Etiquette Questions, Answered: Tricky Conversations
How Can I Make Sure Other Parents Practice Gun Safety?
Q. I have an awkward question. My child is interested in playing at another kid’s house, but I don’t know his parents very well. I am concerned about firearms in the home. How do I politely ask if these parents have guns—and if they do, whether they keep them locked and inaccessible?
A. About one in three American households has a gun. According to the Centers for Disease Control and Prevention, in 2010 gun-related injuries accounted for 6,570 deaths of children and young people (ages 1 to 24), and nearly one in five injury-related deaths of children and adolescents involves firearms. Gun accidents are a real and catastrophic danger. So despite the awkwardness of raising the issue, the stakes are high.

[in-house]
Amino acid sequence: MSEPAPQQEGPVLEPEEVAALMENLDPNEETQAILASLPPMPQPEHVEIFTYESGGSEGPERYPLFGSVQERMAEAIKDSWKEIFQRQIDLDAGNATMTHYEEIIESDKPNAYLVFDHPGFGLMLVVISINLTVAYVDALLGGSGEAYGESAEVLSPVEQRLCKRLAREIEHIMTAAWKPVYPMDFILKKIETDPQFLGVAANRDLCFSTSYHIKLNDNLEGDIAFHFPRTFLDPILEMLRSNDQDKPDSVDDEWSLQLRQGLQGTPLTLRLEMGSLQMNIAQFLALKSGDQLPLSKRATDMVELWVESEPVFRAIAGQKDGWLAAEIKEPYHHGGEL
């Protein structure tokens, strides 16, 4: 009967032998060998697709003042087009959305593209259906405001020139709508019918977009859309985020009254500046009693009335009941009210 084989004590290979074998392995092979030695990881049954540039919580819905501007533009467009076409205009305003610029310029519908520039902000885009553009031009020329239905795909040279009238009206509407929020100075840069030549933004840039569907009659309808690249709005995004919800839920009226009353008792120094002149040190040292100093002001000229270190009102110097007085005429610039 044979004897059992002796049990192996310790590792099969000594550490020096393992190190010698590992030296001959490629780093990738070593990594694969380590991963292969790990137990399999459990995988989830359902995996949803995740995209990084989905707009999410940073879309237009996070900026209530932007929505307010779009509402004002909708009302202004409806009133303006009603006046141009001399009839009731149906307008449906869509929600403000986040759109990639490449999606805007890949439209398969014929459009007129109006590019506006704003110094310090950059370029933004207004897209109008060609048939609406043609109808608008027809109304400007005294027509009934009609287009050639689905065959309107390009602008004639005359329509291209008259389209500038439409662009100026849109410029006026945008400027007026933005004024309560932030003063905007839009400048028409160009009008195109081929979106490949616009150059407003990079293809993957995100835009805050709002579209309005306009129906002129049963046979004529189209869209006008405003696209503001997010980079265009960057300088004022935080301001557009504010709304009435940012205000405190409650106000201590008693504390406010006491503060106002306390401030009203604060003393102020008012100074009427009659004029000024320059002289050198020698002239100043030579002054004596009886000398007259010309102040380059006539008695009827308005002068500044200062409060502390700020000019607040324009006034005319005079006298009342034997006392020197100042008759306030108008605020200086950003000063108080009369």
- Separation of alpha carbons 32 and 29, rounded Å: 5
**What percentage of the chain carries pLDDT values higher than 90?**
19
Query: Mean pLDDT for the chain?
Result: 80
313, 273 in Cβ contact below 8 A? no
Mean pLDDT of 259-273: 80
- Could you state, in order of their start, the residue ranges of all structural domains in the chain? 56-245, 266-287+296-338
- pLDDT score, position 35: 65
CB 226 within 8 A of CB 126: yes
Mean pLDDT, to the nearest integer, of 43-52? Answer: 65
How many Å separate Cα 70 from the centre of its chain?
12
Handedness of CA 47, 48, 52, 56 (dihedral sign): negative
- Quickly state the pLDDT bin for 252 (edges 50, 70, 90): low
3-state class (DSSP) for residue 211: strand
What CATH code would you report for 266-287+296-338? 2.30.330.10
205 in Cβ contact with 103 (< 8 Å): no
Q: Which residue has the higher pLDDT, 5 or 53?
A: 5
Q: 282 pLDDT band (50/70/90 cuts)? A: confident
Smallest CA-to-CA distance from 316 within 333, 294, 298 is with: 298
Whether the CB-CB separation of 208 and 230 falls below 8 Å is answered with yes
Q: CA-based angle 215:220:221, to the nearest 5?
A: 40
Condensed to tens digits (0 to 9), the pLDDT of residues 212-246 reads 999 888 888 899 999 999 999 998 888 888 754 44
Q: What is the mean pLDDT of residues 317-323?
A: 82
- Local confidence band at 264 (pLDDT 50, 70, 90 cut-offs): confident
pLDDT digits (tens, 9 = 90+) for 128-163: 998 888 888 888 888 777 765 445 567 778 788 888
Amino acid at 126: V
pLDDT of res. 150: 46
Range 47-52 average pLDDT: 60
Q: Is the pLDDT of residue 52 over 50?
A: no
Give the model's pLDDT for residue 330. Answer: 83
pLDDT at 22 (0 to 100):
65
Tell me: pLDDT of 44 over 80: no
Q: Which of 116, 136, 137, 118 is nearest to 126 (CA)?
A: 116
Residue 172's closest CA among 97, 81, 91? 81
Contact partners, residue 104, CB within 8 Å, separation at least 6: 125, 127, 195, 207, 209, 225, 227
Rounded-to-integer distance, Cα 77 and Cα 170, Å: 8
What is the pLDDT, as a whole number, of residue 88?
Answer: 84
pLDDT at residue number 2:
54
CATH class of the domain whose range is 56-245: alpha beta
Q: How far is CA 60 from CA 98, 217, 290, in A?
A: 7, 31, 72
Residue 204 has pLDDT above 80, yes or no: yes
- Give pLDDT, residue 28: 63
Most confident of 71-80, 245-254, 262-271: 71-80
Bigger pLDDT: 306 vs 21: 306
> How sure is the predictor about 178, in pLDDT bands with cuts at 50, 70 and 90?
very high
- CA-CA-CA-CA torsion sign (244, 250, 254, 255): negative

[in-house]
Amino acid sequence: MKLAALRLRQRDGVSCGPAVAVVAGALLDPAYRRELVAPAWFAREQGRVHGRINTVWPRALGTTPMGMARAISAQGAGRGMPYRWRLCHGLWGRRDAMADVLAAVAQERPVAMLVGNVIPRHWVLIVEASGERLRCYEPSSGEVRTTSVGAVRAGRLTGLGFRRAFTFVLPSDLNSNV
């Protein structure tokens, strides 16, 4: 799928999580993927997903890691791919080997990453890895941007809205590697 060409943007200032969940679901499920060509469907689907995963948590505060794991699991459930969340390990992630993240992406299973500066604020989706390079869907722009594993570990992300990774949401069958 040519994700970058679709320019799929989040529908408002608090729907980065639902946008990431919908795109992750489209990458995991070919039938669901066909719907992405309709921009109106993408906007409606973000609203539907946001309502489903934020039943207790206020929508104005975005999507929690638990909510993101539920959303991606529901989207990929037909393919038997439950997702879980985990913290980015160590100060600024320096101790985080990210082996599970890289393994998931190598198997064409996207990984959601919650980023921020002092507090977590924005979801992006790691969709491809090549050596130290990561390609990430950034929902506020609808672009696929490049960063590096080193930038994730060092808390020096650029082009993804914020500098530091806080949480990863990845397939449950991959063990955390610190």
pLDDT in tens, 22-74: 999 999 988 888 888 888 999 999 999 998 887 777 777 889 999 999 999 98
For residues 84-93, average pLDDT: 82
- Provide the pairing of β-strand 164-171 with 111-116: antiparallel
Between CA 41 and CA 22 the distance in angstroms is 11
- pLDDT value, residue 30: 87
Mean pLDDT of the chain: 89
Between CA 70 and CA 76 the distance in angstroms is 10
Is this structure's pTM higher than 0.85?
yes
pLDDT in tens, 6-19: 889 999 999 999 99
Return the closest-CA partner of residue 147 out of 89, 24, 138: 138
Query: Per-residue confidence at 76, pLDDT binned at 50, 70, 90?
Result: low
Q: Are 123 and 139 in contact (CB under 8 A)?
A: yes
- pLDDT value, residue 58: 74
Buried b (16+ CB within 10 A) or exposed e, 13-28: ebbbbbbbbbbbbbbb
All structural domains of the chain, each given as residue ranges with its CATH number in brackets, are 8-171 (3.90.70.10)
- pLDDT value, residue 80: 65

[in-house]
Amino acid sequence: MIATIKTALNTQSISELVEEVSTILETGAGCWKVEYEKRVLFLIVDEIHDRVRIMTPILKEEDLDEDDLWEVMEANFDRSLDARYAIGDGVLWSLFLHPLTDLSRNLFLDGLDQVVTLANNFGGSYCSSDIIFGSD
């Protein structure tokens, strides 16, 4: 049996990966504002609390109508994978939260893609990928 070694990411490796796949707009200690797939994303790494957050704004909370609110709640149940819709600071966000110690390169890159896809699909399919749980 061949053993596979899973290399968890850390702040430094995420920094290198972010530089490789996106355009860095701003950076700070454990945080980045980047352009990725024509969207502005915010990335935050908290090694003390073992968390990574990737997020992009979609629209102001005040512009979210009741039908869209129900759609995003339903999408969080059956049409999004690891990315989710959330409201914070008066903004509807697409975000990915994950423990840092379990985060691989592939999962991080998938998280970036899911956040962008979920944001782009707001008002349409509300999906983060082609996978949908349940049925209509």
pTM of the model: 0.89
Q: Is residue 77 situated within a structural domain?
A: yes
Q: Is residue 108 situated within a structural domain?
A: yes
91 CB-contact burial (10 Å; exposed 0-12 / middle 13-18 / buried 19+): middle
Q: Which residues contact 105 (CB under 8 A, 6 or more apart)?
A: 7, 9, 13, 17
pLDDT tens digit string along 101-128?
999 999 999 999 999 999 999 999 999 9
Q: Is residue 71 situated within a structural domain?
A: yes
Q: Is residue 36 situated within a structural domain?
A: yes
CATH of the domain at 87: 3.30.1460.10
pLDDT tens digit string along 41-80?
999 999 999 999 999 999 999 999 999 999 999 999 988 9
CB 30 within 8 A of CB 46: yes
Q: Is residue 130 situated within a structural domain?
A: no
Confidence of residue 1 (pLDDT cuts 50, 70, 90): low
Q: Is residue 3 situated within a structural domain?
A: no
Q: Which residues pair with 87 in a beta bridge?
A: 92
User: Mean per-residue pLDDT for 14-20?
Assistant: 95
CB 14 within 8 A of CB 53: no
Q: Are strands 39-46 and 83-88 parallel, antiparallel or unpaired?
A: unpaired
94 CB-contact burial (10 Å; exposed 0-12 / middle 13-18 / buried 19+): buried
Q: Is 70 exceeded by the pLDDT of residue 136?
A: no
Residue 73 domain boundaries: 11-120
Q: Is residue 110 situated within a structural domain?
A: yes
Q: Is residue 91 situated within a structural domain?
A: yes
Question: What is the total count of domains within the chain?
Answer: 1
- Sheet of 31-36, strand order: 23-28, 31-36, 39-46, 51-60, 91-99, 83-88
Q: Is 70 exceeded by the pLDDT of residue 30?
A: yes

As I see it, you have a couple of options: One is to host all the playdates yourself, or meet up in a park or some other neutral spot until you get to know the family better (that’s what I would do). Another is to talk to the parents, which is what the American Academy of Pediatrics’ ASK (Asking Saves Kids) program recommends. This is a delicate matter, since you don’t want to imply that you’re more concerned for your child’s safety than they are for theirs. Explain your apprehension carefully: “In the wake of all the terrible violence in the news, I’m worried about guns—I’m sure you are, too. Please don’t take it personally, but can I ask you to reassure me that you don’t have unlocked guns in the house?” For all you know, they have the same worries about you, and you’ll be clearing the air for everyone.
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Want to Ask Your Own Etiquette Question?
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